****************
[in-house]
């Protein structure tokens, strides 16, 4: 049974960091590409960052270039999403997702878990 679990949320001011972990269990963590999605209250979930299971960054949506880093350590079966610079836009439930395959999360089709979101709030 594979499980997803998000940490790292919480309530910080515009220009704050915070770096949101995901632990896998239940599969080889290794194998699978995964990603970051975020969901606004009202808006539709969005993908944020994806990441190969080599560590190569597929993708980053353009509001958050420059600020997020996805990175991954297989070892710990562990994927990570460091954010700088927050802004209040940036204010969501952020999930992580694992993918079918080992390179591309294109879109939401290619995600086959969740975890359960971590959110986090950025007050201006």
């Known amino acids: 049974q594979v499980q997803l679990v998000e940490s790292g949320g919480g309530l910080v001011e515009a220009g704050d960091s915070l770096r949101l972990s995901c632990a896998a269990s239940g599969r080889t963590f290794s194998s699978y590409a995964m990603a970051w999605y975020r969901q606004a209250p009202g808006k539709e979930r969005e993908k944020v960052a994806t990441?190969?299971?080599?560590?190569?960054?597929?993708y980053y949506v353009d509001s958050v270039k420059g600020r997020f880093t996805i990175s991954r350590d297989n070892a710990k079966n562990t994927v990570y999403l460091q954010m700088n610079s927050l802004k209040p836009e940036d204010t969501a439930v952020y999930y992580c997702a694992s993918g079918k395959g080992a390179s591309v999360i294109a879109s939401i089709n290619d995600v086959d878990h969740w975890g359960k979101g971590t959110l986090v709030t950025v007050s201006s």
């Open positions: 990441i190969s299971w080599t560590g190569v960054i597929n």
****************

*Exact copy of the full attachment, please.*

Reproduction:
[in-house]
């Protein structure tokens, strides 16, 4: 049974960091590409960052270039999403997702878990 679990949320001011972990269990963590999605209250979930299971960054949506880093350590079966610079836009439930395959999360089709979101709030 594979499980997803998000940490790292919480309530910080515009220009704050915070770096949101995901632990896998239940599969080889290794194998699978995964990603970051975020969901606004009202808006539709969005993908944020994806990441190969080599560590190569597929993708980053353009509001958050420059600020997020996805990175991954297989070892710990562990994927990570460091954010700088927050802004209040940036204010969501952020999930992580694992993918079918080992390179591309294109879109939401290619995600086959969740975890359960971590959110986090950025007050201006």
């Known amino acids: 049974q594979v499980q997803l679990v998000e940490s790292g949320g919480g309530l910080v001011e515009a220009g704050d960091s915070l770096r949101l972990s995901c632990a896998a269990s239940g599969r080889t963590f290794s194998s699978y590409a995964m990603a970051w999605y975020r969901q606004a209250p009202g808006k539709e979930r969005e993908k944020v960052a994806t990441?190969?299971?080599?560590?190569?960054?597929?993708y980053y949506v353009d509001s958050v270039k420059g600020r997020f880093t996805i990175s991954r350590d297989n070892a710990k079966n562990t994927v990570y999403l460091q954010m700088n610079s927050l802004k209040p836009e940036d204010t969501a439930v952020y999930y992580c997702a694992s993918g079918k395959g080992a390179s591309v999360i294109a879109s939401i089709n290619d995600v086959d878990h969740w975890g359960k979101g971590t959110l986090v709030t950025v007050s201006s």
């Open positions: 990441i190969s299971w080599t560590g190569v960054i597929n």